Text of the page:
An embarrassing failure for federal prosecutors in Boston Calling case
As Laurel and Hardy might say, what a fine mess the US Attorney’s Office has gotten itself into!
On Thursday, US District Court Judge Leo T. Sorokin dismissed the extortion case federal prosecutors have spent two years pursuing against City Hall employees Tim Sullivan and Ken Brissette. Why? Because, as the prosecution acknowledged, the “evidence” it planned to present to support the extortion charges didn’t meet the standard that Sorokin said was required for a conviction.
And what was that high bar? That to prove extortion, prosecutors had to show that Sullivan and Brissette had personally benefited from having pushed the Boston Calling music festival to hire some union workers for its 2014 event on City Hall Plaza. The prosecution’s assertion has been that the very fact that the two men, appointees of pro-labor Mayor Marty Walsh,
allegedly pressured Boston Calling into hiring union members was in and of itself extortion.
That contention becomes even more of a stretch once you know that the prosecution acknowledged in a recent document that Brissette and Sullivan “did not overtly threaten that they would impede the permitting and licensing process for the Boston Calling music festival if the company did not hire members of Local 11 for its production.”
The government says that’s because the two “carefully chose their words.” But think about it: The feds are trying to send two people to prison for pushing a music festival organizer to hire some union workers, even though they didn’t make any overt threats as part of that effort or receive any personal gain from that action. The US attorney’s office may try to appeal Sorokin’s dismissal of the case, in the hope of getting a higher court to order a different evidentiary threshold for conviction.
But let’s call that move what it would be: a face-saving maneuver.
While we’re at it, let’s also call this prosecution what it was: a waste of tax dollars — one that upended the lives of two decent people and left them with hundreds of thousands of dollars in legal bills.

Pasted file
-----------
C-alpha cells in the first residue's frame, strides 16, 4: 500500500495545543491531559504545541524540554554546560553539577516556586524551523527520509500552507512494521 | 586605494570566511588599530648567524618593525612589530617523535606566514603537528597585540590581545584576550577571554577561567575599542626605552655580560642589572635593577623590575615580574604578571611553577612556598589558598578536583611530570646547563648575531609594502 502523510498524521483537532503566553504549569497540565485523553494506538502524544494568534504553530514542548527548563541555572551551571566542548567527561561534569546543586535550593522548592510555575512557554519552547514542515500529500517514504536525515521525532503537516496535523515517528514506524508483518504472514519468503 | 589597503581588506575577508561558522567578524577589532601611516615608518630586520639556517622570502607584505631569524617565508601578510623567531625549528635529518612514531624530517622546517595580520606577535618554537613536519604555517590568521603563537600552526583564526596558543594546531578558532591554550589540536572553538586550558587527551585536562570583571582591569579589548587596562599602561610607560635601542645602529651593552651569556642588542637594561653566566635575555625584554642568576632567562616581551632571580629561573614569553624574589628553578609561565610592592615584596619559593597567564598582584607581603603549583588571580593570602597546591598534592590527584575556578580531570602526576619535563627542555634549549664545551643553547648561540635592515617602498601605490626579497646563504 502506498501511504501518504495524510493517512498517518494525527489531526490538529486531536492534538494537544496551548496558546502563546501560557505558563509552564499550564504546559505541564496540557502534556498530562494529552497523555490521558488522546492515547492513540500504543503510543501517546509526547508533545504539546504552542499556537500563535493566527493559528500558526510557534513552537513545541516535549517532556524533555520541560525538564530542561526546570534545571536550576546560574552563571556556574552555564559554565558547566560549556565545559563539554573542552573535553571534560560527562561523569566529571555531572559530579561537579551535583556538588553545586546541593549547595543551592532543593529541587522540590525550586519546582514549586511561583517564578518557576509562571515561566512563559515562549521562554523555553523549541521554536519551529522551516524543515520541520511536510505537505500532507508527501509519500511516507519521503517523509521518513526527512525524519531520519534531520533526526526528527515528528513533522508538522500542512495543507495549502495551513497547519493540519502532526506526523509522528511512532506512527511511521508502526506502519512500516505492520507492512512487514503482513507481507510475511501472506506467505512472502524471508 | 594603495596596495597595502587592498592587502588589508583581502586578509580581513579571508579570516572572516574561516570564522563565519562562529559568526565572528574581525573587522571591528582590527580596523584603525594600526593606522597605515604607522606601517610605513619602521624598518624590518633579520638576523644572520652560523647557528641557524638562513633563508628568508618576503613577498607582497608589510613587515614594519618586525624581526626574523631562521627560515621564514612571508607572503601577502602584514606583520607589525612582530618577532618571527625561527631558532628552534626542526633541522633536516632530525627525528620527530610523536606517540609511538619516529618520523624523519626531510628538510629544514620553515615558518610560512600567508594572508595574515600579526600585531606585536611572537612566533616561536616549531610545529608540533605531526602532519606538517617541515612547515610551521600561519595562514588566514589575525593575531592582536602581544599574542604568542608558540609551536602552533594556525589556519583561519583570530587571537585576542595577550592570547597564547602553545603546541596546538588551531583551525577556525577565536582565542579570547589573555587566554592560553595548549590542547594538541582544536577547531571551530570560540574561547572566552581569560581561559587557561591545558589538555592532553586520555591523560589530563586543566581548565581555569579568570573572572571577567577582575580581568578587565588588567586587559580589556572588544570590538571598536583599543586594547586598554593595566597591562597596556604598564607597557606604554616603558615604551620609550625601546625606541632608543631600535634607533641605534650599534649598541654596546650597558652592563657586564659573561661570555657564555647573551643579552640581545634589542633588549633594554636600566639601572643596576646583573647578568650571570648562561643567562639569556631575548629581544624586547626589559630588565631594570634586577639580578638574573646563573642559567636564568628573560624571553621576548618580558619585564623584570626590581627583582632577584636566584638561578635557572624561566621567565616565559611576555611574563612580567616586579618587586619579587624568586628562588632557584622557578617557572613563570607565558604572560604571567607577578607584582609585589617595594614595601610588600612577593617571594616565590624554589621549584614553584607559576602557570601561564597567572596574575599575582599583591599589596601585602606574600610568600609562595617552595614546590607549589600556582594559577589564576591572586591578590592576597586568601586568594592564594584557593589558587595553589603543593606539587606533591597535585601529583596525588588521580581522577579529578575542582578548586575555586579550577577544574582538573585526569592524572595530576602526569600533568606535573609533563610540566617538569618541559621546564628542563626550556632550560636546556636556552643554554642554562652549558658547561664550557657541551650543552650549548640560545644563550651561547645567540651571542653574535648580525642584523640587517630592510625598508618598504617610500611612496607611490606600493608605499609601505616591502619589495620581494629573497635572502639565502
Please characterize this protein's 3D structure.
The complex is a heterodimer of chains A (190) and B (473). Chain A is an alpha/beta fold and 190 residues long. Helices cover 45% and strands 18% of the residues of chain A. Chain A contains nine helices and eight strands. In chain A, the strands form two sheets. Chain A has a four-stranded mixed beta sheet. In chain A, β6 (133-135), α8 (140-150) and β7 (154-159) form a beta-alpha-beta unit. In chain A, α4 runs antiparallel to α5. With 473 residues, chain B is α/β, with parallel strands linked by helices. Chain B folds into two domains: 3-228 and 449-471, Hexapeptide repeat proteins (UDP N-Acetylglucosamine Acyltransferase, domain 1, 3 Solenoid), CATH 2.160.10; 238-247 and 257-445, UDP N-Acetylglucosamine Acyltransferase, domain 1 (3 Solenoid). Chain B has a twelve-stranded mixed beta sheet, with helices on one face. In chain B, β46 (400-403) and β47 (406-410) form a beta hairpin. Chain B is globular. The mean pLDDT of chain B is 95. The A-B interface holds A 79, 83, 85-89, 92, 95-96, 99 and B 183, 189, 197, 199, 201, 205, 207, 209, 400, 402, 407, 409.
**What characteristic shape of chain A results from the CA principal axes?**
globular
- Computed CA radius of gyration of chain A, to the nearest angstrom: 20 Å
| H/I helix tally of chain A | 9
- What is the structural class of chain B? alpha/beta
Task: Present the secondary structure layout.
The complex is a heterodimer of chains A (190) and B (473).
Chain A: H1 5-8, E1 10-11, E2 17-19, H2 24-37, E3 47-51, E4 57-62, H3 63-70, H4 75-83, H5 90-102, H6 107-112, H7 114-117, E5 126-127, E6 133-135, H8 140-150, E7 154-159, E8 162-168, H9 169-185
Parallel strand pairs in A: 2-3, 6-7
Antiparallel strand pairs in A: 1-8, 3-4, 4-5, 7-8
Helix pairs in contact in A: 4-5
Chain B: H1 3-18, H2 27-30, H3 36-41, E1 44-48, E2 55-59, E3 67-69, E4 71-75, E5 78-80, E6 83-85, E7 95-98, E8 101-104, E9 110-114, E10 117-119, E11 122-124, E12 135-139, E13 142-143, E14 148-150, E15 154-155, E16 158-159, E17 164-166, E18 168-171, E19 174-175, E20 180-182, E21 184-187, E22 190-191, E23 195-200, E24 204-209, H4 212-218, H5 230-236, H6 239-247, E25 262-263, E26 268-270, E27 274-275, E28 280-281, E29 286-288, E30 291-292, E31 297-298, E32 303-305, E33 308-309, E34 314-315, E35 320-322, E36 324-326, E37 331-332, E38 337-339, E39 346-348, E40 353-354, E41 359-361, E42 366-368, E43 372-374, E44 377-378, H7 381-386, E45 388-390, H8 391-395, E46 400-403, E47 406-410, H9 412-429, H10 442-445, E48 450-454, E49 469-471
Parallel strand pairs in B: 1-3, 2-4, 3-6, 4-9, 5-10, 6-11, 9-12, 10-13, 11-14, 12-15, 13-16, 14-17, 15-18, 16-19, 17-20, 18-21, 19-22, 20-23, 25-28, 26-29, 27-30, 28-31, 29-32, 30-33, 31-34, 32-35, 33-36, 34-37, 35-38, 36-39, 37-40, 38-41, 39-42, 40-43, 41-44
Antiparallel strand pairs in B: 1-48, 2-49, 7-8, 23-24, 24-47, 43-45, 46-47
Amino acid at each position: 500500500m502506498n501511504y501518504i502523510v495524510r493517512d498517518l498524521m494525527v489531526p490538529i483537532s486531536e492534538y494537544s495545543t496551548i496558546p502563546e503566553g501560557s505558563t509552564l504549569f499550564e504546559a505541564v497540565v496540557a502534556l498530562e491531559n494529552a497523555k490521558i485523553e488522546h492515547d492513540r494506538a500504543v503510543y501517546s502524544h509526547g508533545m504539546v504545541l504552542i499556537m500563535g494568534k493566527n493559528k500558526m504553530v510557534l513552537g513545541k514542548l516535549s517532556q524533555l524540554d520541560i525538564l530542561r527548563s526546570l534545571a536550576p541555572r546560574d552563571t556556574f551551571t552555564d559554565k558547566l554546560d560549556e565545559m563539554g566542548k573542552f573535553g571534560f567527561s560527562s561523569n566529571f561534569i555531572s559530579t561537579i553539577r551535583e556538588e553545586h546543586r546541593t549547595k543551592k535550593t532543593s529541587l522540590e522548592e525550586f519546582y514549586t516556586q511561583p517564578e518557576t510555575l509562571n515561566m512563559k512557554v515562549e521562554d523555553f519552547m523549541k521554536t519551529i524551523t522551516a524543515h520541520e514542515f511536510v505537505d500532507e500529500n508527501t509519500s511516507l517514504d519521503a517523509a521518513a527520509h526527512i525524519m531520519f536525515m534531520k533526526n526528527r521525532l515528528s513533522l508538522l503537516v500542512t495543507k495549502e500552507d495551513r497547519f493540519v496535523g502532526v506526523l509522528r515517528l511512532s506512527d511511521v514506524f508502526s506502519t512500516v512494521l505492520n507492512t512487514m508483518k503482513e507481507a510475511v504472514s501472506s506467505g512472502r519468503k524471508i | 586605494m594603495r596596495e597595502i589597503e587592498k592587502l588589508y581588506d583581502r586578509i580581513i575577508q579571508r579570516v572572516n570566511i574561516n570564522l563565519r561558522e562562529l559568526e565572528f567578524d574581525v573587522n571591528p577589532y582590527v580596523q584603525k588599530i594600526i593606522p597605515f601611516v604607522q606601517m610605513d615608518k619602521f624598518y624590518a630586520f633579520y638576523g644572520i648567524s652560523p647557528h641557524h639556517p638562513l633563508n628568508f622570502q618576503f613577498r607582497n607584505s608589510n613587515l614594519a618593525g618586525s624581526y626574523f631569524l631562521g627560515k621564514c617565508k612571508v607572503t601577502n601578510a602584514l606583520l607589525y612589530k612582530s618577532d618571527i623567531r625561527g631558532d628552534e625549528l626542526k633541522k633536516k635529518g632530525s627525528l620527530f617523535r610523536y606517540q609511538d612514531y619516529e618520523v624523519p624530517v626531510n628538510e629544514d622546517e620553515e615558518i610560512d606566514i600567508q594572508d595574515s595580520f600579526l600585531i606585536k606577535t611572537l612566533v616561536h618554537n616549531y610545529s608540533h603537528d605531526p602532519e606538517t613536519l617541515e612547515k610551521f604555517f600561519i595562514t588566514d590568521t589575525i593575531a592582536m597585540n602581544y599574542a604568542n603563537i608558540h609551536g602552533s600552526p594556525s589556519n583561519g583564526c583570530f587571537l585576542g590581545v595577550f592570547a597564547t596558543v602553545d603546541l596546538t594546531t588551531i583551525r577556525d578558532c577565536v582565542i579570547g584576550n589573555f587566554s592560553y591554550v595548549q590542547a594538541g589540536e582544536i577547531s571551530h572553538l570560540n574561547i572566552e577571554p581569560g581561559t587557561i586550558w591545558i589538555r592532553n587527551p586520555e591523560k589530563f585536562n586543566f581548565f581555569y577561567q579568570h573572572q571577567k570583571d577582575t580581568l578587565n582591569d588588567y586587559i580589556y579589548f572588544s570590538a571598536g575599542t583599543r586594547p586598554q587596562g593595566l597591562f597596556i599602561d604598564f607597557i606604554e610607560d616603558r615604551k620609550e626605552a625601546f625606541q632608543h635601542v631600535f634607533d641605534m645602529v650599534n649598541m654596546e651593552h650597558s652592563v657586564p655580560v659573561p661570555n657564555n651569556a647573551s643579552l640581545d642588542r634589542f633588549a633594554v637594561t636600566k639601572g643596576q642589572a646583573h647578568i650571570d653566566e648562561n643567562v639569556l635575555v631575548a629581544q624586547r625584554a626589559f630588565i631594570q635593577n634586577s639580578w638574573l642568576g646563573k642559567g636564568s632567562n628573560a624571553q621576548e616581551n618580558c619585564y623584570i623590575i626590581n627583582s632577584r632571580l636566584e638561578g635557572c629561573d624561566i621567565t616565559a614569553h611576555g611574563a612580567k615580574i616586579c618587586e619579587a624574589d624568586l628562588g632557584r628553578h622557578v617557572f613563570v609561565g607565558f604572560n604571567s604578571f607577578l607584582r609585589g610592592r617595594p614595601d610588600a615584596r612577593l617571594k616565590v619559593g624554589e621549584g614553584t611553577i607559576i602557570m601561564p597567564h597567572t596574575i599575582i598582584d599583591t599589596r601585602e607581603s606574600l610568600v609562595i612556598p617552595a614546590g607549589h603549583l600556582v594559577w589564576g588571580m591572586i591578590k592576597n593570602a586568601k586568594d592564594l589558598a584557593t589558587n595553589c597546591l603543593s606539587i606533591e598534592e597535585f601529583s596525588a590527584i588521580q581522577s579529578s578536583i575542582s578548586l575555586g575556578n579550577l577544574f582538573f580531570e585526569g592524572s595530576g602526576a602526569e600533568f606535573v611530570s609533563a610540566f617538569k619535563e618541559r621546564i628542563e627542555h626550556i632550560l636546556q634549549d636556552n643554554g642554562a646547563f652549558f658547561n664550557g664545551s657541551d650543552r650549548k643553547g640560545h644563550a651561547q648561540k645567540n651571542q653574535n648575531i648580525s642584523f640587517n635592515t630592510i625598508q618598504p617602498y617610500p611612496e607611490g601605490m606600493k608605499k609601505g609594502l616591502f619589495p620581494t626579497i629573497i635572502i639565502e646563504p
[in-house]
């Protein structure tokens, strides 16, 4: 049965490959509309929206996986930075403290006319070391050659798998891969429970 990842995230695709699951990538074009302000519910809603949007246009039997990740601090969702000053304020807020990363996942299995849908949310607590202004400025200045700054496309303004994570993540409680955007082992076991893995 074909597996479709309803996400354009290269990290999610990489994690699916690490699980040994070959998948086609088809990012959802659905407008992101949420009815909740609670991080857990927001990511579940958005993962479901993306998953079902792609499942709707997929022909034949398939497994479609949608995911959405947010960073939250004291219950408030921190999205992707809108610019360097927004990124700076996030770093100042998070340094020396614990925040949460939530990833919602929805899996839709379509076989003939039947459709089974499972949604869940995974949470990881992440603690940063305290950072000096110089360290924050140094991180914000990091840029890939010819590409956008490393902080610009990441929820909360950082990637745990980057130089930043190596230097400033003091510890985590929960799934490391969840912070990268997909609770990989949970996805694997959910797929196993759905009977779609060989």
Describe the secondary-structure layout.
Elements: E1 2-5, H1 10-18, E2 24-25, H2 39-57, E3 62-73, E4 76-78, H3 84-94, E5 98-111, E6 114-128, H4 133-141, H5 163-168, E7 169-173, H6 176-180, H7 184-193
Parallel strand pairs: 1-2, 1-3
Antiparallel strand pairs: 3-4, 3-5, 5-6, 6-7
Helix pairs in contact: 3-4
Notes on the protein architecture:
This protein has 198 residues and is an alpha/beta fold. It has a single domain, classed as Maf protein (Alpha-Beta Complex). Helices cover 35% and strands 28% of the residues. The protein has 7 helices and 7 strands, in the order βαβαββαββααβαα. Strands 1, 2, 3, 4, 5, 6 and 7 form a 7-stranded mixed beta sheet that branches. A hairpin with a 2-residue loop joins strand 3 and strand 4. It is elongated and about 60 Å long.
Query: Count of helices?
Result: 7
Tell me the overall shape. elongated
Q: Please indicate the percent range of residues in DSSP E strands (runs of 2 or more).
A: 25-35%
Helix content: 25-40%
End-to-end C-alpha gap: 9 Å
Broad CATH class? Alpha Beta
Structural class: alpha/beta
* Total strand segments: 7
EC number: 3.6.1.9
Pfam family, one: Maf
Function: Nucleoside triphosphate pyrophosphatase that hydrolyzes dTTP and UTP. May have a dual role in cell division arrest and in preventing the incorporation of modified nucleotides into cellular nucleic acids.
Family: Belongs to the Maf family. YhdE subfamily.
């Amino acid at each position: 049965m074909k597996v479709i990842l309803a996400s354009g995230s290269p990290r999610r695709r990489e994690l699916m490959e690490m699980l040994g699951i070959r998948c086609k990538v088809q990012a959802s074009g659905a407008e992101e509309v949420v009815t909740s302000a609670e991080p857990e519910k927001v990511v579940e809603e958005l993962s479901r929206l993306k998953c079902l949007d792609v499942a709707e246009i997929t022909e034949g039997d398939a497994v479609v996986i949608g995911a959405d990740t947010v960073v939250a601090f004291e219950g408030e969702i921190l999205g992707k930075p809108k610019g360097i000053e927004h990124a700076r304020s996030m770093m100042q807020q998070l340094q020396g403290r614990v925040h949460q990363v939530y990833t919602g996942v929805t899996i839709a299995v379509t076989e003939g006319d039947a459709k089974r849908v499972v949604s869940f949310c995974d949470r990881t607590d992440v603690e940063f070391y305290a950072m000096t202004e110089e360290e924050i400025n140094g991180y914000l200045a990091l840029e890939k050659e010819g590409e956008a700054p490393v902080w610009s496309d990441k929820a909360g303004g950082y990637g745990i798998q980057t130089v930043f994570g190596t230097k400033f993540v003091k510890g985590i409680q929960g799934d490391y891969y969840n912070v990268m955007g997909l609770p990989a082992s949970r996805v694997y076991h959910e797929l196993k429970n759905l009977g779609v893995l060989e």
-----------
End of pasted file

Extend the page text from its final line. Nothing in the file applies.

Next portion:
“This was an unorthodox prosecution that was far outside the norm of federal extortion law,” notes long-time defense attorney Martin Weinberg. That, I think, is a legal luminary’s gentlemanly way of calling it a colossal case of prosecutorial overreach.
I say that as someone who has been a regular critic of union excesses and who has absolutely no truck with the kind of abusive behavior the Teamsters directed at a nonunion “Top Chef” group taping a show in Milton in 2014. Yes, they were acquitted of any crimes, but their conduct was the sort of bullying that gives labor a black eye. I’m also someone who believes City Hall should never try to put a pro-union thumb on the scale when it comes to events on city property. Or apply pressure of any sort in that regard.
But not everything that one finds objectionable is automatically unethical or criminal behavior.
Pushing for union work at events on City Hall Plaza is a political matter. The attempted remedy for actions like that should be political as well. If one objects to something an administration does, he or she can register that opposition with the mayor or the city council. If their objections are strenuous enough, they can cast their vote accordingly.
This prosecution started long before Andrew Lelling landed at the US attorney’s office, so the egg is not really on his face. Still, he should do two things here:
First, forget about trying to appeal Judge Sorokin’s dismissal of the case.
Second, offer an apology to Sullivan and Brissette.
That would be a classy and gracious move. No, it wouldn’t erase their legal bills. But it would go some distance to make up for unfairly dragging the two men through the mud.